Patents contain many sections. Most of a patent document is related to the written description of the product and drawings, but the most important piece of a patent document is the claims section. Why so? The claims define what the inventor actually owns, preventing competitors from entering the inventor’s market. This means the language used in a patent claim is vitally important. If a claim is poorly written or if the claim is too narrow, it will not provide an inventor with the protection he or she deserves. The question arises then: What kind of language should a patent claim contain?
Broad vs. Narrow Claim Language
The USTPO, in section 2111 of the MPEP, states , “Claims must be given their broadest reasonable interpretation in light of the specification.” Why is this the case? Section 2111 continues, “giving a claim its broadest reasonable interpretation will reduce the possibility that the claim, once issued, will be interpreted more broadly than is justified.”
The scope of the patent language will depend to a large degree on the novel features of the product that distinguish it over any similar prior art. When only a few novel features are needed to distinguish the invention from prior art, the claim will be broad. On the other hand, when many novel features must be mentioned in the claim to distinguish the invention from prior art, coverage will be narrow and it will be easier for competitors to create a similar product with the same function without infringing.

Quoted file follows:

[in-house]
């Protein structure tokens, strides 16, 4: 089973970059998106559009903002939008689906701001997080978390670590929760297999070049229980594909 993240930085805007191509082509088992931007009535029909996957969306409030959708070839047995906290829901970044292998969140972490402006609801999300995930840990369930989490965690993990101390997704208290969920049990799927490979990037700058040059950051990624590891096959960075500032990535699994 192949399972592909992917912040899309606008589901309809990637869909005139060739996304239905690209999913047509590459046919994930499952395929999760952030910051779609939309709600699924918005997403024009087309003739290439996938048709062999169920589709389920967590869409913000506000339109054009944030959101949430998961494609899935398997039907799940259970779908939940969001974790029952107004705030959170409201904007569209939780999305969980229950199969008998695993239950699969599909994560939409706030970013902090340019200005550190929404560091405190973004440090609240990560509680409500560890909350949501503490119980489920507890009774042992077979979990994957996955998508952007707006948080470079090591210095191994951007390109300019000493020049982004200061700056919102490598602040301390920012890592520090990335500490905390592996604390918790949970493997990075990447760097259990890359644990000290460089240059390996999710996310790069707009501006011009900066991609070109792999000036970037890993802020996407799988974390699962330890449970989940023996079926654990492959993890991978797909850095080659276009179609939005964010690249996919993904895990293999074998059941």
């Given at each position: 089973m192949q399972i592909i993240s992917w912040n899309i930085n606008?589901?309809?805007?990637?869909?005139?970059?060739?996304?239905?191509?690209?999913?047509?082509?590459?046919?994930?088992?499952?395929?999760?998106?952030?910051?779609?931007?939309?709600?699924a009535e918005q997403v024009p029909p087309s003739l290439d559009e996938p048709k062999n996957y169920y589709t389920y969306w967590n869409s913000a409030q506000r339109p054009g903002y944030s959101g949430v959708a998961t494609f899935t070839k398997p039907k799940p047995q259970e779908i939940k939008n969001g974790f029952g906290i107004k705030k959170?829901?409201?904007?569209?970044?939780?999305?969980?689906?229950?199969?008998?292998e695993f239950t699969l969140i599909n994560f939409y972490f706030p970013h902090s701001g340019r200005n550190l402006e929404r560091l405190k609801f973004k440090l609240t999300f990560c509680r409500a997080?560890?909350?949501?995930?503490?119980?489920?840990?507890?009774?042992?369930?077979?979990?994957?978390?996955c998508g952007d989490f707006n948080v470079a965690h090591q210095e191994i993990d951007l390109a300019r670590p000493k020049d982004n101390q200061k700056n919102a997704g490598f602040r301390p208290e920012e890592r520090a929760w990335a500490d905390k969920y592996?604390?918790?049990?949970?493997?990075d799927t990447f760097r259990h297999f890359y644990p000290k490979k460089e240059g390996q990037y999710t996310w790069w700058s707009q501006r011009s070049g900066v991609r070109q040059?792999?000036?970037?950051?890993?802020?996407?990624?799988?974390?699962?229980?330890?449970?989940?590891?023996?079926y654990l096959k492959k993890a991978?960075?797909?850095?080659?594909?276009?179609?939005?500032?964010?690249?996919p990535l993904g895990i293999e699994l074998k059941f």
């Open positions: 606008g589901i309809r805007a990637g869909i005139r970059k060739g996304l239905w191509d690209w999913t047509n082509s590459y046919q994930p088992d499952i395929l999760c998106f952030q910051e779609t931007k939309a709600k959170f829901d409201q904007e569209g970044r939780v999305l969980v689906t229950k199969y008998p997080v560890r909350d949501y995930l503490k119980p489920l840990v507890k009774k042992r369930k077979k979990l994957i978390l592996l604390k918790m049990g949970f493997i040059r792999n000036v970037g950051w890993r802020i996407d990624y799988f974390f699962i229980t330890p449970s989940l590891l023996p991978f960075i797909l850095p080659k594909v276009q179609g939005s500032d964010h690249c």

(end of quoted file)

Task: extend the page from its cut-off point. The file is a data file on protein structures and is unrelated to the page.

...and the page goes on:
Simply put, broad claim language gives an inventor ownership of more intellectual property while narrow claim language gives an inventor ownership of less intellectual property. Broad claims are generally more valuable because the narrower the claims are, the easier it is to design around the invention protected by the patent.
Is Legal Assistance Necessary When Drafting a Patent Claim?
Unfortunately, drafting a patent claim that provides sufficient protection for any invention is an extremely complicated task. The best way to be sure you aren’t getting protection that is narrower than what you are entitled to receive is to get assistance from a qualified patent attorney. I would be more than happy to assist you through the drafting process and help you make sure you leave no loose ends that potential competitors could take advantage of in the future.
Kelly G. Swartz is a patent attorney licensed to practice in front of the United States Patent and Trademark Office and in the state of Florida. She limits her practice to intellectual property law including patent, trademark, copyright, and trade secrets.